TORONTO - King Tut is set to seduce the city again, and this time, he's sharing the stage with his parents and fellow pharaohs.
Thirty years after the boy king's treasures sparked record attendance numbers at the Art Gallery of Ontario comes an almost entirely new exhibition of ancient Egyptian riches that put Tutankhamen's legacy into greater context, say organizers.
"In 1979, it was just King Tut objects," Matthew Teitelbaum, director and CEO of the AGO, said in an interview ahead of Tuesday's opening of "King Tut: The Golden King and the Great Pharaohs."
"In this case, we're looking at a number of the pharaohs that preceded him and what happened after. So we've got stuff about his parents or his purported parents, whereas in 1979 it was just King Tut all the time."
With over 100 artifacts, the latest exhibition - which isn't showing in any other Canadian city - is more than twice the size of the '79 show. About half of them hail from Tut's tomb, which was discovered by British explorer Howard Carter in 1922.
Most of the items, representing 2,000 years of ancient Egyptian history, had never visited North America prior to the current exhibition tour, which will hit Denver next.
Included are Tut's golden sandals, jewelry, statues and furniture, such as a small chair and bed on which he rested his tiny frame.
Also there are CT scans of the boy king who died under mysterious circumstances around age 18 or 19, and a three-metre statue of him.
"I think there's something in it for everyone," said Ronald Leprohon, the University of Toronto's resident Egyptology expert who worked on the '79 AGO exhibit and was a consultant on the new one.
"I think that little chair, for example, will really capture the children because they're going to go, 'Hey, I could sit on that! King Tut was my age!"'
Having objects belonging to the icon of the ancient world in the city again - three decades after the first show - is symbolic, said David Silverman, curator of the AGO exhibition.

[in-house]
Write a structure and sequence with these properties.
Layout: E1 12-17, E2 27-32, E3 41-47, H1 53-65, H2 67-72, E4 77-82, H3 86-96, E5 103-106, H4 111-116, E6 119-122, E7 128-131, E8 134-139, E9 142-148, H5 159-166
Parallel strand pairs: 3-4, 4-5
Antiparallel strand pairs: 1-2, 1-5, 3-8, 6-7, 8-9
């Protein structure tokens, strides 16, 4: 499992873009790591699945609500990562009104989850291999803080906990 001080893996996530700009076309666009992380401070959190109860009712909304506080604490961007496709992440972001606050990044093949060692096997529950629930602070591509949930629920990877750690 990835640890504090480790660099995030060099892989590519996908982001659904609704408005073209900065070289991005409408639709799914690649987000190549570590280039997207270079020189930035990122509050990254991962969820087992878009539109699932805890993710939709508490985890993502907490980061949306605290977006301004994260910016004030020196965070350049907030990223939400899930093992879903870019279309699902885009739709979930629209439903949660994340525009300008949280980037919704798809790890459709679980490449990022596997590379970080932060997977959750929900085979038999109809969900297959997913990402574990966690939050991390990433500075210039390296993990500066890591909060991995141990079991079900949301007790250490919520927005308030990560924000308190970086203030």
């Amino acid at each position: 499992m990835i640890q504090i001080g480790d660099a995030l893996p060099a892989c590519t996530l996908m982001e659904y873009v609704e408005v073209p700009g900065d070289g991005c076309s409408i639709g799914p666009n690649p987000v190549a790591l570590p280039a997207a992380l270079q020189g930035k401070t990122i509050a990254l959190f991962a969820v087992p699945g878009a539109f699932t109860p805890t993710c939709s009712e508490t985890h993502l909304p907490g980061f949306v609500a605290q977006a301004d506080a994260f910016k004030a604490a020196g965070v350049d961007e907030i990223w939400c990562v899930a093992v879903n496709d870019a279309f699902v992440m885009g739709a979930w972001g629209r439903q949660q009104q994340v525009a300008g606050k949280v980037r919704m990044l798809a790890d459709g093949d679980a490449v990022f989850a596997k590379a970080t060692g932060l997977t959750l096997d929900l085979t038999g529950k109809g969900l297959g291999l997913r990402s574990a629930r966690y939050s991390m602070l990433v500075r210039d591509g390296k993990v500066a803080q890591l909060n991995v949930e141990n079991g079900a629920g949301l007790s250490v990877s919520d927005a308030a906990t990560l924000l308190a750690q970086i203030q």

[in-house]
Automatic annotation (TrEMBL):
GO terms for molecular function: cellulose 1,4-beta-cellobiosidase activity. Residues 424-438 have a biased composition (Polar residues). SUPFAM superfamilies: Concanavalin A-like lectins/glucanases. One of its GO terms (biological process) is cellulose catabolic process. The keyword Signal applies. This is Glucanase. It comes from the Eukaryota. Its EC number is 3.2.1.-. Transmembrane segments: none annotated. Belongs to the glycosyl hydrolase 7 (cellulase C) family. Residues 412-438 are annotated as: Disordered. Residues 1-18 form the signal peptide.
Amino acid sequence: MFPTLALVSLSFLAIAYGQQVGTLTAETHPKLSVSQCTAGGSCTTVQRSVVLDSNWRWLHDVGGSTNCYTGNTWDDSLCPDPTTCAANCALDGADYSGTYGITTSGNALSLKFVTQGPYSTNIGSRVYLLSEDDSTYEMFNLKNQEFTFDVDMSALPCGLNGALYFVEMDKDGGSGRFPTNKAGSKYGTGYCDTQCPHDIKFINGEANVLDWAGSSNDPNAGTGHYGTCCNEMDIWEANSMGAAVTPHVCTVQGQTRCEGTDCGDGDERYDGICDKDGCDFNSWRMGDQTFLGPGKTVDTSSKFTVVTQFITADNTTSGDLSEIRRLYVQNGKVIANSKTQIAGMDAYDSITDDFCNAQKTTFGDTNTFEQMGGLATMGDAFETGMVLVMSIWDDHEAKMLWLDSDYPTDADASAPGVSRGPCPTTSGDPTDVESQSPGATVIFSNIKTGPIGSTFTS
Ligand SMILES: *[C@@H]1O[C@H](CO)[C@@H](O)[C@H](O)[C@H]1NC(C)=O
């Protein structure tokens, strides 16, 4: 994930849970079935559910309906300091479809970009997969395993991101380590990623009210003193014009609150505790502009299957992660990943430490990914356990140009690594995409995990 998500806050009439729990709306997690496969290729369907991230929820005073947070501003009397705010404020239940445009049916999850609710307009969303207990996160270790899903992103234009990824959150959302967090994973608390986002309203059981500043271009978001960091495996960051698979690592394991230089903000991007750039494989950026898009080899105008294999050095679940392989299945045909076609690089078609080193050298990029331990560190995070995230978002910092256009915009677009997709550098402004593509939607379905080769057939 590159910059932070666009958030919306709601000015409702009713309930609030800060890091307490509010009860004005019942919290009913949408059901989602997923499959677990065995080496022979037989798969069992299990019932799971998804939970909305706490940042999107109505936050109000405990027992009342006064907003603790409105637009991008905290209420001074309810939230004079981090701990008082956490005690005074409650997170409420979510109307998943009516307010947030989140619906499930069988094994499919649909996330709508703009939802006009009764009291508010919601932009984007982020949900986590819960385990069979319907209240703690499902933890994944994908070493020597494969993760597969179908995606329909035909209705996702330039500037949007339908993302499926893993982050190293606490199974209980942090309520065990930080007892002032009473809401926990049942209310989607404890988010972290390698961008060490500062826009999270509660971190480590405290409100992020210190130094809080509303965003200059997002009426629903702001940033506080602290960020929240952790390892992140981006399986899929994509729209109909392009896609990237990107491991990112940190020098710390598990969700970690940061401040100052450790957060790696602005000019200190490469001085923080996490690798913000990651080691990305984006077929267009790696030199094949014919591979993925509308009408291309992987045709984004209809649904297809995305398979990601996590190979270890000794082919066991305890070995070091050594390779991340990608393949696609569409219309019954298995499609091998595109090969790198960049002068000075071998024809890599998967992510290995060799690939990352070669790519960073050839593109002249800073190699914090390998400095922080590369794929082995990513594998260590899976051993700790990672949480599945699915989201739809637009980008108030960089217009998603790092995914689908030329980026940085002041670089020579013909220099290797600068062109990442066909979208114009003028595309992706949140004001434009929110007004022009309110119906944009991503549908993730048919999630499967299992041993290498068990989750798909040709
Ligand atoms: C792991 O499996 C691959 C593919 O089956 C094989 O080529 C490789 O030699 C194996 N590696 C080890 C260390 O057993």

"In ancient Egypt, the way it works is that a king rules for 30 years and then he gets rejuvenated by doing a sort of ceremonial dance and a race, and then everything in the kingdom is rejuvenated too," said Silverman, who also worked on the '79 show.
"So I figured this is King Tut's . . . jubilee festival and it's mine as well, so it's going to rejuvenate me."
The Egyptian government selected which pieces would leave the country to be part of the exhibition. They travelled to Toronto from Indianapolis in a truck and were overseen by "significant security," said Teitelbaum.
While on the road, the objects were protected in "the most extraordinary cases" that are climate-controlled and sealed, he added.
Visitors to the Toronto exhibition, running through April 18, 2010, will get to learn about the objects through a 3D movie and an audio guide narrated by Harrison Ford.
The AGO is also planning a lecture series by Egyptologists, as well as a series of Tut-inspired art classes for kids. Its restaurant is offering Egyptian and Middle East cuisine while its gift shop is selling Tutankhamen-inspired products.
"King Tut: The Golden King and the Great Pharaohs" is organized by the National Geographic, Arts and Exhibitions International and AEG Exhibitions.
The '79 Tut show drew 750,000 visitors to the AGO and inspired "Tut mania" headlines about its massive popularity.
For the latest exhibition, the gallery recently said it had sold 50,000 tickets in advance and Teitelbaum noted there is "good momentum" and organizers are "very optimistic."
He also said comparisons to the '79 show are "a double-edged sword."
"So many people will remember it in a certain way and they'll do the comparison thing," he said.